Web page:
As Vancouver housing prices continue to rise, more and more people are turning their attention away from detached homes and towards condos. According to the Real Estate Board of Greater Vancouver, the median price for a detached home in Metro Vancouver rose to $1.2 million last year. In contrast, the average condo was priced at $435,000. This means that many people who have never lived in a condo before will likely be making the transition from a detached home to a condo as they look to reduce their housing costs. What many condo shoppers don’t realize, however, is that moving into a condo is much different than moving into a single family home. So while on the surface, the price of a condo may look better than the price of a detached home, there are several other factors to take into consideration before you decide that the condo lifestyle will be the right lifestyle for you.
Vancouver Skyline by Paul Joseph
Not Your Average Family Home
Brenda Kinnear, associate broker with RE/MAX Crest Realty Westside in Vancouver, has helped many people make the transition from detached houses to condos, and vice-versa. She says that the most common thing people overlook when shopping for a condo is the fact that they are entering into a group project.
The balcony, the parking, the grounds, the hallways, the rooftop, the heating system, the elevators - everything is common. So as a group you have to agree on how to maintain it, how to use it, what the rules are,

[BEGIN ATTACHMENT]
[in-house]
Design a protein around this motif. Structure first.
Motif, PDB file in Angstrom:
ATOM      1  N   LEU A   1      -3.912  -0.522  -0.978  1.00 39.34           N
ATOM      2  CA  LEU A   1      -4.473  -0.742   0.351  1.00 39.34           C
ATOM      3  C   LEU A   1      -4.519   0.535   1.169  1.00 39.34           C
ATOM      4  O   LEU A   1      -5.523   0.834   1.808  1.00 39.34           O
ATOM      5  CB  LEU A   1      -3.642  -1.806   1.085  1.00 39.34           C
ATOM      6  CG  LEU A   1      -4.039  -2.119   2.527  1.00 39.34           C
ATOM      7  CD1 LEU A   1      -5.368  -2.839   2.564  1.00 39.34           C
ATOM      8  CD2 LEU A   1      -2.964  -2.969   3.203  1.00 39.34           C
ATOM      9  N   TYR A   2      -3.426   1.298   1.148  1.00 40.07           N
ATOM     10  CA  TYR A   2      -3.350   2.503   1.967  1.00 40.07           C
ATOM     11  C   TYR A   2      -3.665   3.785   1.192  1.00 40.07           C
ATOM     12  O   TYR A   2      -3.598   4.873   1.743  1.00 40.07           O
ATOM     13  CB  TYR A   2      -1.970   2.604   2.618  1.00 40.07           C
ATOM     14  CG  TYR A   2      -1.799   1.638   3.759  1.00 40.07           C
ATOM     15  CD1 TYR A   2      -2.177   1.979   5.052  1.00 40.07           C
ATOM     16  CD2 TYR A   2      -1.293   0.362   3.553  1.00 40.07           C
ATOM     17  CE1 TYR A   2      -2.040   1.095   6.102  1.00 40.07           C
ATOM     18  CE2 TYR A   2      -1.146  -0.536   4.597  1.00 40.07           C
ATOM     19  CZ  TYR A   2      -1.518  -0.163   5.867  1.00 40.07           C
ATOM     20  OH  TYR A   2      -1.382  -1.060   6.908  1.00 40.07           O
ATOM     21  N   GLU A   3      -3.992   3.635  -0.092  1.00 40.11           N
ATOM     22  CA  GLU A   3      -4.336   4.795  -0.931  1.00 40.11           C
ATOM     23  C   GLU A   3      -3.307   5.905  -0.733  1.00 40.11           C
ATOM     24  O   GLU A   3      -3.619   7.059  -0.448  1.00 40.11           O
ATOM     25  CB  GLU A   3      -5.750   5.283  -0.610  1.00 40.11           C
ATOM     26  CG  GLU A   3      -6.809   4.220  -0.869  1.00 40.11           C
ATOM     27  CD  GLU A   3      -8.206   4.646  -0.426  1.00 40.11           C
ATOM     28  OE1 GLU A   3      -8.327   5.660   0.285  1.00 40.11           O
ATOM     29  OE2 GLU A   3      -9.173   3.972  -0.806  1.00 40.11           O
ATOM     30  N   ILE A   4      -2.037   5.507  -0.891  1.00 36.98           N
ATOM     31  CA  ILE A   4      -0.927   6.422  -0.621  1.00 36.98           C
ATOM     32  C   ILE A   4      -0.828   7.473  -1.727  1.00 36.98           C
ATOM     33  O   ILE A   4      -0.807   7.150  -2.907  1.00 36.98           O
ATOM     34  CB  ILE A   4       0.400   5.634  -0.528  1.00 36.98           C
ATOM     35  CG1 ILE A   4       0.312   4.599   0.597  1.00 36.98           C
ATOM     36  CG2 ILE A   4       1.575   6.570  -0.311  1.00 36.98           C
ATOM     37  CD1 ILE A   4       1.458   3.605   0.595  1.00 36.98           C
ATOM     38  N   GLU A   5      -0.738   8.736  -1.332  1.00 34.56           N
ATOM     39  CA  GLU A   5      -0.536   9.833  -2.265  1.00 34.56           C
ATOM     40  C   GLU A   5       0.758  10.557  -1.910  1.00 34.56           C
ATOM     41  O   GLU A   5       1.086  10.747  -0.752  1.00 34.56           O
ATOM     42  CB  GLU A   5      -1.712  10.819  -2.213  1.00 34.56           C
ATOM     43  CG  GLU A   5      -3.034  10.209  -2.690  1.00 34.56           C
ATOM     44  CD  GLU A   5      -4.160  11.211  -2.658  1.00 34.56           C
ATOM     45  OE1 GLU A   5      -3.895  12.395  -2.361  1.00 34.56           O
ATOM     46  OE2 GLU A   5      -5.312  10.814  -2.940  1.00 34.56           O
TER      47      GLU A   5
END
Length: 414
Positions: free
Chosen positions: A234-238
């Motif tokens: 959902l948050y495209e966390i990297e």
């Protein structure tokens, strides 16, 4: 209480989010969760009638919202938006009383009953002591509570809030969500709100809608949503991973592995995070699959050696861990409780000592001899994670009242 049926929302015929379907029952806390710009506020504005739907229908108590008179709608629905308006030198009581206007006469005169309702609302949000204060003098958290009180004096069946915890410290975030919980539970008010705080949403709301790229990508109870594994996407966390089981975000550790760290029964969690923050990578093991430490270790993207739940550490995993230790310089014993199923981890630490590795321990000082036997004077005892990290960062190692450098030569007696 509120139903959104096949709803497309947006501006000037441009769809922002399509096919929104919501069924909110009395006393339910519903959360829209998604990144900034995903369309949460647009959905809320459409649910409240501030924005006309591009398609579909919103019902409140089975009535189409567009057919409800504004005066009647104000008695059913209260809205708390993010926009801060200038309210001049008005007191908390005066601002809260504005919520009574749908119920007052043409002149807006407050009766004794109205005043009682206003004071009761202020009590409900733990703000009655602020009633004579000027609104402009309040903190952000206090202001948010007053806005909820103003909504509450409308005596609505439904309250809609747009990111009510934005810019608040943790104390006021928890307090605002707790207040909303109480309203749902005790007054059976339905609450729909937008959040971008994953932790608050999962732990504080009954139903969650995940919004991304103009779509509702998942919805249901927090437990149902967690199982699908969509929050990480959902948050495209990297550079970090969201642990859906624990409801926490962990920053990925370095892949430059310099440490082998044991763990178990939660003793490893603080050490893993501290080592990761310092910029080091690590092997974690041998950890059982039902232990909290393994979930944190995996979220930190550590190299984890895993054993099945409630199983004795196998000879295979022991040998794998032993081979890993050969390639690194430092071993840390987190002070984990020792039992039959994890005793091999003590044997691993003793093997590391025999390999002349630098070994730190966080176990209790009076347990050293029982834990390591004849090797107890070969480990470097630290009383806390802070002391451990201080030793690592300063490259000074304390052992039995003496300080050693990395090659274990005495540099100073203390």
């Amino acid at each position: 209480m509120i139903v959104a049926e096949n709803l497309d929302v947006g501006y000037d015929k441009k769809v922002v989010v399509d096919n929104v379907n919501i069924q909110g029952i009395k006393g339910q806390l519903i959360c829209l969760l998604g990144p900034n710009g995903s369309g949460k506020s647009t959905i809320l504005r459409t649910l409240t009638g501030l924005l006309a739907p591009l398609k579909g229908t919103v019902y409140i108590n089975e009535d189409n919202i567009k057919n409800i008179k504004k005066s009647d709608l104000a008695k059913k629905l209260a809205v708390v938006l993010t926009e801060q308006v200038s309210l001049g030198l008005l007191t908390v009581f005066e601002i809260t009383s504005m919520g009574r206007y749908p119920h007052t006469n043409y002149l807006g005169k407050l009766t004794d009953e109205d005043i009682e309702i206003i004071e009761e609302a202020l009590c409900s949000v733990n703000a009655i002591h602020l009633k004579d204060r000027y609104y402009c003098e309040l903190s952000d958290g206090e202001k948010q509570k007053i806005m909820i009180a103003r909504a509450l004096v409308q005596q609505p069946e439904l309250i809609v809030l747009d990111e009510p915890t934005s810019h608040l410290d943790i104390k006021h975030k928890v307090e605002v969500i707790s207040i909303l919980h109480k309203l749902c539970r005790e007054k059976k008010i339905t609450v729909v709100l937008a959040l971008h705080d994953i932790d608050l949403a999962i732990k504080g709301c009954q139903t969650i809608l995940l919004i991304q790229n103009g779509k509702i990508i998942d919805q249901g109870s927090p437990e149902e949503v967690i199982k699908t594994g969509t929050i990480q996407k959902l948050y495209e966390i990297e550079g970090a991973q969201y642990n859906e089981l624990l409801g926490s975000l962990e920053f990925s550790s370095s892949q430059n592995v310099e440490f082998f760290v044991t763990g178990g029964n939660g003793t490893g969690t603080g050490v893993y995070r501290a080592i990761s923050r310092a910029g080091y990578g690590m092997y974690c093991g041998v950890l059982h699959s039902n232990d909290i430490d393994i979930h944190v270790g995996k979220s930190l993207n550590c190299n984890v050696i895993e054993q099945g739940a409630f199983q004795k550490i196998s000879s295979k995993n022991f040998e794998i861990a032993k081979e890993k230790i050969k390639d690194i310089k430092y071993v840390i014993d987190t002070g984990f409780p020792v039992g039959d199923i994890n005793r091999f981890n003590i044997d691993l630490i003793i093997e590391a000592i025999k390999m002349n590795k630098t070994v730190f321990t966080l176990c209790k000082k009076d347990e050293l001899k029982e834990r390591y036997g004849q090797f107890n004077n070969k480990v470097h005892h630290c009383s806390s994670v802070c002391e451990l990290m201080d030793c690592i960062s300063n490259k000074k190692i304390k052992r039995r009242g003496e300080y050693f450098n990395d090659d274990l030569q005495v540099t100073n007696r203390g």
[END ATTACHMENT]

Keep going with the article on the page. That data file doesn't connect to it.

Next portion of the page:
This may not seem like a major issue at first, but many people change their perspective once the idea of group decision making starts to affect them.
Coal Harbour Condos by Colin Knowles
The big issues over the last few years have been replacing hot water systems and replacing elevators,
Kinnear says. If a strata council has neglected to perform regular maintenance on their elevator, for example, an unsuspecting buyer could suddenly be saddled with a hefty bill for their portion of the replacement costs, even though they had nothing to do with letting the elevator fall into disrepair.
Another common issue is parking.
People think ‘oh that’s my parking space,’ but guess what – it’s not,
Kinnear says. In most cases, she says, parking spaces are owned by either the strata or the developer, which means that your space could get moved at any time without your consent.